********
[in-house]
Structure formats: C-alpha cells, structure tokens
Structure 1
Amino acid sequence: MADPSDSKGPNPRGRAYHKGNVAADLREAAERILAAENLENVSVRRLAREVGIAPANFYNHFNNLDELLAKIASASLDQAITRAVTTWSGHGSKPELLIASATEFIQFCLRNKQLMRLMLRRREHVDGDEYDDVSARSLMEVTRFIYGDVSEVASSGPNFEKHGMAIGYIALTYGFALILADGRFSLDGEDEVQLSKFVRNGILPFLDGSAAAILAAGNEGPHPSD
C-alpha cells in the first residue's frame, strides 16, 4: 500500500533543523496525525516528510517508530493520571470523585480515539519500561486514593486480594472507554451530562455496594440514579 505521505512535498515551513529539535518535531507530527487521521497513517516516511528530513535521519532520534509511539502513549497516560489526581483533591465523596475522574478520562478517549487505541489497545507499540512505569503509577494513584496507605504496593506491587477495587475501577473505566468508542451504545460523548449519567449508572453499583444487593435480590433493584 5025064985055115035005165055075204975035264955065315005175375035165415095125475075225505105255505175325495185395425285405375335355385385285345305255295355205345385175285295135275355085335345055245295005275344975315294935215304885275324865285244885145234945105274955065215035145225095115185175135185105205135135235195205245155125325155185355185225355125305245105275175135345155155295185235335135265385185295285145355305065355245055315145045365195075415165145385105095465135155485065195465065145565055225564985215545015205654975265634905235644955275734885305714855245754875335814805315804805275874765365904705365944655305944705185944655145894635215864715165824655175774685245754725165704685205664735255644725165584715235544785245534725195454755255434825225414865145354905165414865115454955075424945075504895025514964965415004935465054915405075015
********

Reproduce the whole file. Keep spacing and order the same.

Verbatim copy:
[in-house]
Structure formats: C-alpha cells, structure tokens
Structure 1
Amino acid sequence: MADPSDSKGPNPRGRAYHKGNVAADLREAAERILAAENLENVSVRRLAREVGIAPANFYNHFNNLDELLAKIASASLDQAITRAVTTWSGHGSKPELLIASATEFIQFCLRNKQLMRLMLRRREHVDGDEYDDVSARSLMEVTRFIYGDVSEVASSGPNFEKHGMAIGYIALTYGFALILADGRFSLDGEDEVQLSKFVRNGILPFLDGSAAAILAAGNEGPHPSD
C-alpha cells in the first residue's frame, strides 16, 4: 500500500533543523496525525516528510517508530493520571470523585480515539519500561486514593486480594472507554451530562455496594440514579 505521505512535498515551513529539535518535531507530527487521521497513517516516511528530513535521519532520534509511539502513549497516560489526581483533591465523596475522574478520562478517549487505541489497545507499540512505569503509577494513584496507605504496593506491587477495587475501577473505566468508542451504545460523548449519567449508572453499583444487593435480590433493584 5025064985055115035005165055075204975035264955065315005175375035165415095125475075225505105255505175325495185395425285405375335355385385285345305255295355205345385175285295135275355085335345055245295005275344975315294935215304885275324865285244885145234945105274955065215035145225095115185175135185105205135135235195205245155125325155185355185225355125305245105275175135345155155295185235335135265385185295285145355305065355245055315145045365195075415165145385105095465135155485065195465065145565055225564985215545015205654975265634905235644955275734885305714855245754875335814805315804805275874765365904705365944655305944705185944655145894635215864715165824655175774685245754725165704685205664735255644725165584715235544785245534725195454755255434825225414865145354905165414865115454955075424945075504895025514964965415004935465054915405075015